The time of year is upon us when individuals and families alike come together to clean every nook and cranny of their homes and go through their belongings with a fine-tooth comb – otherwise known as spring cleaning.
Spring cleaning is a phenomenon that has been passed down through the generations, although its origin is unclear. There are theories circling the internet that attribute it to religion and culture, or simply just human nature.
For instance, according to the Washington Post, “Because homes used to be lit with whale oil or kerosene and heated with wood or coal, the winter months left a layer of soot and grime in every room. With the arrival of spring, women would throw open windows and doors, and take rugs and bedding outside and beat dust out of them and start scrubbing floors and windows until sparkling.”
Or, according to HowStuffWorks, “Ultimately, spring cleaning may have more to do with simple biology. During winter, we’re exposed to less sunlight due to shorter, often dreary days. With a lack of exposure to light, the pineal gland produces melatonin – a hormone that produces sleepiness in humans. Conversely, when we’re exposed to sunlight, our bodies produce much less melatonin. It’s possible that we spring clean simply because we wake up from a winter long melatonin-induced stupor and find more energy as the days grow longer when spring arrives.”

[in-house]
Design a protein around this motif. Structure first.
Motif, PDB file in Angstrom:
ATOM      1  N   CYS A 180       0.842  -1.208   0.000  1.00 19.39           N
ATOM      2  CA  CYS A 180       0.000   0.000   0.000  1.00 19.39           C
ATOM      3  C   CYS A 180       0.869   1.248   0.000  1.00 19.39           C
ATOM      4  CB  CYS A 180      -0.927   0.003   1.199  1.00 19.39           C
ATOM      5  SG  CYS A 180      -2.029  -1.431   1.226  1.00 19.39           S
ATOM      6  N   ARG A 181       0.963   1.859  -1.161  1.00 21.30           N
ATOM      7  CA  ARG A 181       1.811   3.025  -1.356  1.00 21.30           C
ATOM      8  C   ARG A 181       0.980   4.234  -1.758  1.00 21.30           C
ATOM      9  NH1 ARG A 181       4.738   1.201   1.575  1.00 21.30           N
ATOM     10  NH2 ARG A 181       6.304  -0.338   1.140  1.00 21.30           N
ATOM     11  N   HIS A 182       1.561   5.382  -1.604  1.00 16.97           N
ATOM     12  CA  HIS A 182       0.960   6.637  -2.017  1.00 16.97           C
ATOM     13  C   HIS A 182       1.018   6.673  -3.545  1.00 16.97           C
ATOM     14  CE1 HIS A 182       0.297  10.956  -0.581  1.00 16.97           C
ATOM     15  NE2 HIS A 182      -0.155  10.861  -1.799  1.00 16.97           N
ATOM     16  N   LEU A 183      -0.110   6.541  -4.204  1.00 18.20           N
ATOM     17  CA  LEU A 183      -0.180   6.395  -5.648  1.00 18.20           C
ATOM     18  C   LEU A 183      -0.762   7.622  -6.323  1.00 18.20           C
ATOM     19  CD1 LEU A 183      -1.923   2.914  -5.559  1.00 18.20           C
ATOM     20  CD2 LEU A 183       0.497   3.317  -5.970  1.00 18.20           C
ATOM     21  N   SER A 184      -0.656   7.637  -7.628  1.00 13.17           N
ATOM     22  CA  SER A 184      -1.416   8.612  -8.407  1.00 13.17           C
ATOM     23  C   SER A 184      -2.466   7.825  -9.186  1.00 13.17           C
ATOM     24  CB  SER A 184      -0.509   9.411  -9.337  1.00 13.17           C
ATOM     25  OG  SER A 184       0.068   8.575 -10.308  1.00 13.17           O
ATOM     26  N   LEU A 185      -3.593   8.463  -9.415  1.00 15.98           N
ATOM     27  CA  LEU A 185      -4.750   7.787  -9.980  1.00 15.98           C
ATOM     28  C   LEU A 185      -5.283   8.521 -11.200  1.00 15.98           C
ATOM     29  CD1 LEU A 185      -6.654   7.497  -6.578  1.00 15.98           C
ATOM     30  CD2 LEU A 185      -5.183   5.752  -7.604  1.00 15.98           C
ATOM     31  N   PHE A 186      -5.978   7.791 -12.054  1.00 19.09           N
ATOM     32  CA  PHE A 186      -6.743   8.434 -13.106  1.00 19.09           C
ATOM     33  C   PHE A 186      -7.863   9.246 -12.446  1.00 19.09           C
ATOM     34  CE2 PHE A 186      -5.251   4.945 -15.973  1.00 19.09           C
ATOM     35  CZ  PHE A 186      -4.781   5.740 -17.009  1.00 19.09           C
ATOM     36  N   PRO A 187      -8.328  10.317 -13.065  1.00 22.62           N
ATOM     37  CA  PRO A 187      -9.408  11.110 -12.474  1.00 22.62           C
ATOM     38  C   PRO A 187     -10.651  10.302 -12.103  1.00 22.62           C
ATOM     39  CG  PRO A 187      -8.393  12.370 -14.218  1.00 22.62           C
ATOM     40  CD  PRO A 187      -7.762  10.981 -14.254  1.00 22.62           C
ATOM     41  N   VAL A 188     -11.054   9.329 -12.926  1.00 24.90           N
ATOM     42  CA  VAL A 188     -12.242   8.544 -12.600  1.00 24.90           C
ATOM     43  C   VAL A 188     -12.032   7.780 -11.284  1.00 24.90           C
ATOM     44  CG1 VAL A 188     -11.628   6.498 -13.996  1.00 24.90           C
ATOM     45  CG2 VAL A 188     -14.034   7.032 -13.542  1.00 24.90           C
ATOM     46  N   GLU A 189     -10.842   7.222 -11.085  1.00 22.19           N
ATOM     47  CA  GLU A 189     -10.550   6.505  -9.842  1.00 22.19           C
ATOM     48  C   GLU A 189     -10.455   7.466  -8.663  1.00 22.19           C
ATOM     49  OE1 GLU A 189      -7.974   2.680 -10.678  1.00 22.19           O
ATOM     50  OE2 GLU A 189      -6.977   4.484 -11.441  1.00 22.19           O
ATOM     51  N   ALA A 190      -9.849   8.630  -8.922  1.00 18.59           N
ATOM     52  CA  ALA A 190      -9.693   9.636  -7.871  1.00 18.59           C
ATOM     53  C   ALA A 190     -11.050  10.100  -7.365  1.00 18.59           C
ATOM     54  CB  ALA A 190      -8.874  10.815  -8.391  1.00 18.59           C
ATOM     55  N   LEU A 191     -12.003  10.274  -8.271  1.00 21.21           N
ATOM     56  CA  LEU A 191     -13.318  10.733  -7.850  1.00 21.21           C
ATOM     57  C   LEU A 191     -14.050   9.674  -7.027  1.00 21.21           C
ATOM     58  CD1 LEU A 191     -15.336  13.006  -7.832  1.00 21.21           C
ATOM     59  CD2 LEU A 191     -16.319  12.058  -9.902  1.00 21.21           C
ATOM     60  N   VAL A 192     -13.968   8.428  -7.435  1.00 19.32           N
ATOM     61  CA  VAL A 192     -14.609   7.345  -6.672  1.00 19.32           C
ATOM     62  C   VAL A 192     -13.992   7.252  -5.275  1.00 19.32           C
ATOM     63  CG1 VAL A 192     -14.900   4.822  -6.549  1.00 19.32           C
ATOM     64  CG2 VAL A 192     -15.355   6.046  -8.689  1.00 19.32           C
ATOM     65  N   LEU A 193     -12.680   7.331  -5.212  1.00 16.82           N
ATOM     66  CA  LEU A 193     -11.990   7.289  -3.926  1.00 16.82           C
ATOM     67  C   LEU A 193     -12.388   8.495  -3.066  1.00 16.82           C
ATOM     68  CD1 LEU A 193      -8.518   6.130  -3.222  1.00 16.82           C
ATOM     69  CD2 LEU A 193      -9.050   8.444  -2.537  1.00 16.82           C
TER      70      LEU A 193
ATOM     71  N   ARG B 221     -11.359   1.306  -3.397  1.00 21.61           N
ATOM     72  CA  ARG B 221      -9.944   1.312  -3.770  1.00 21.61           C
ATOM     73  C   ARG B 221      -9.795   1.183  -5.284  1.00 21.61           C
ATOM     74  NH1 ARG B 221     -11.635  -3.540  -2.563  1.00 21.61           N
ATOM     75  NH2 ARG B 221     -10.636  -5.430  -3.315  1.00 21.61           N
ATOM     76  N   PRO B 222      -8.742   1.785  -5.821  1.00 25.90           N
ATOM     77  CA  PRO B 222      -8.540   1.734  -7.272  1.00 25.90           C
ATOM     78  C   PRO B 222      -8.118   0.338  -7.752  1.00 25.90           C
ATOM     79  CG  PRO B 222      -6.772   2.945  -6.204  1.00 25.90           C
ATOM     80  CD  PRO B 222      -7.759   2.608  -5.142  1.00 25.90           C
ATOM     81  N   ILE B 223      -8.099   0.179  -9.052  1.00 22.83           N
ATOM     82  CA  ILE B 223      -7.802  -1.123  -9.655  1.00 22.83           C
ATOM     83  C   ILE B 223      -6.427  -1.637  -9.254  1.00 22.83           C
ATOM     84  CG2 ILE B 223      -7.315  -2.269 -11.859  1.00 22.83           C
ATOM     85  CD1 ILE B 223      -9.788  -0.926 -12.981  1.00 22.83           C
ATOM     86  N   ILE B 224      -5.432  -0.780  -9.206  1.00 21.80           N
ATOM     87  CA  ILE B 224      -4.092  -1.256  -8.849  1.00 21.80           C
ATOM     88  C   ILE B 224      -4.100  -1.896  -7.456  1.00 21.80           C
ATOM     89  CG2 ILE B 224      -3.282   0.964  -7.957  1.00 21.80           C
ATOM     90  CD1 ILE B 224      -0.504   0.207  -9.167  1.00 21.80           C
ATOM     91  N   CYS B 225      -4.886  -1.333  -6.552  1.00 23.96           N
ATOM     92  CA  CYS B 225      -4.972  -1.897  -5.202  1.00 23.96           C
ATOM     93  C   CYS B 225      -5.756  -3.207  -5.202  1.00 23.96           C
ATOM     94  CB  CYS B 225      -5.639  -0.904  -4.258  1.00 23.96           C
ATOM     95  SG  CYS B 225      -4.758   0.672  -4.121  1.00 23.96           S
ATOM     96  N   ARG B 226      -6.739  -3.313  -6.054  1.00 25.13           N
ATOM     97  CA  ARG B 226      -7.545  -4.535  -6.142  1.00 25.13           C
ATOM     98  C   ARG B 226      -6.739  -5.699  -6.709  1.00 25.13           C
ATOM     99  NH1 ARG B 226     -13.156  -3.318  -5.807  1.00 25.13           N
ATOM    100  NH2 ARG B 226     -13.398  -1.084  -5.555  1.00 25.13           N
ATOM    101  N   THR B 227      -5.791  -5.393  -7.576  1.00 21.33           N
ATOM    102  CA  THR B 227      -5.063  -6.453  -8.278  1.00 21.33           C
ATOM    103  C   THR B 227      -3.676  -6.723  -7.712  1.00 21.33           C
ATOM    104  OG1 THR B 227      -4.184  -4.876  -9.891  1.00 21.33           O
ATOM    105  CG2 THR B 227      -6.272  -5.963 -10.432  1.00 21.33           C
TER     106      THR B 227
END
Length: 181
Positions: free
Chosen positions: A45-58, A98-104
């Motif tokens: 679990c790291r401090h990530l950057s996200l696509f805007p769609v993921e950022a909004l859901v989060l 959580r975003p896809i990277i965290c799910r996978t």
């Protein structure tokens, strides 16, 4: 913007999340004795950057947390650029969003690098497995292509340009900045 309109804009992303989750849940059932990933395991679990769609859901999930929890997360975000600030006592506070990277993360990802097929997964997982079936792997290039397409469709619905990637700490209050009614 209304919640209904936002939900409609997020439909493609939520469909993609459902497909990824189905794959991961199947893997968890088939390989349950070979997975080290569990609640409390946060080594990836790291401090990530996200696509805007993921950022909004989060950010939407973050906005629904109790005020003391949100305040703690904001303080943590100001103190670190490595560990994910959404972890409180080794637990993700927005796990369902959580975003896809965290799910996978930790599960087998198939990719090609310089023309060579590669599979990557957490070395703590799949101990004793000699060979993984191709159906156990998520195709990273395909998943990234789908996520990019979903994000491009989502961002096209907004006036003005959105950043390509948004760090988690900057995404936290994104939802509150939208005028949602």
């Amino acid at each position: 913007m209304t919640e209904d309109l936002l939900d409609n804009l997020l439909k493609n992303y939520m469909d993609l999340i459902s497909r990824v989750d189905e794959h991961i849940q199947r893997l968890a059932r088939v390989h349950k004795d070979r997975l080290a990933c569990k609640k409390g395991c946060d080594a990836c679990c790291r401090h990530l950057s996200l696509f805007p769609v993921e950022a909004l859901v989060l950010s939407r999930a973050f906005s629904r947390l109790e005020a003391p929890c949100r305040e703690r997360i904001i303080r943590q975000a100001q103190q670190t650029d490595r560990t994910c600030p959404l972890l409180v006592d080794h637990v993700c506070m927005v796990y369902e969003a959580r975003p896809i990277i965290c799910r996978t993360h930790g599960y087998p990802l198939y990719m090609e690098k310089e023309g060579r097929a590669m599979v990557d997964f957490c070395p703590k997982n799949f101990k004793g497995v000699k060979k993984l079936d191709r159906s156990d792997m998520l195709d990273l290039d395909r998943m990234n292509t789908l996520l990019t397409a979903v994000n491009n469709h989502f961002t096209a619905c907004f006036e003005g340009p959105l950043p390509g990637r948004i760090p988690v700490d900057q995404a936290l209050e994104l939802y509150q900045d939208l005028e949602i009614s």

Whichever theory you believe to be true, spring cleaning can apply to more than just your home – it can be applied to your devices as well. After all, over time we accumulate an overwhelming number of emails and files.
So, to save the time it would take to read through all of your old emails and look through all of your saved files, iWorks has a few recommendations to help avoid clutter in the future.
To combat a disorganized email, we recommend the following:
Create folders or labels to manage incoming emails or archive old emails, such as a To-Do folder, Follow-Up folder, or Future folder. For top-notch efficiency, use rules or filters so you do not have to manually move each email to its folder destination – it will do it for you automatically.
Create categories or labels to color-code emails to rank email priority, distinguish meeting invites, or highlight specific senders. To take it one step further, use flags or stars to set an extra reminder for high priority items.
To combat a disorganized file manager, we recommend the following:
Create a folder for all employment-related materials, such as your job application and/or resume, offer letter, signed acknowledgments of company policies (e.g., employee handbook, employee benefits, code of conduct and ethics, etc.), and certificates of completion for required trainings.
Create a folder for all project-specific materials. Depending on the scope of the project, you may want to create sub-folders if there is more than one initiative that will occur over the course of the contract. It may also be beneficial to create a sub-folder for important paperwork related to your onboarding (e.g., non-disclosure agreement).
Create a folder for all voluntary activities, such as mentoring an intern. This enables you to store documentation for future use, so you will not have to start from scratch (e.g., intern welcome guide, project overview slide decks, list of assigned tasks, etc.).
Taking the time now to properly organize your devices will save you the stress and energy it would take to track down a communication that has been buried by the influx of emails every day or to find a file saved to an unknown location.
We encourage you to test out the options listed above and find what works best for you – or do your own research and explore what else is out there.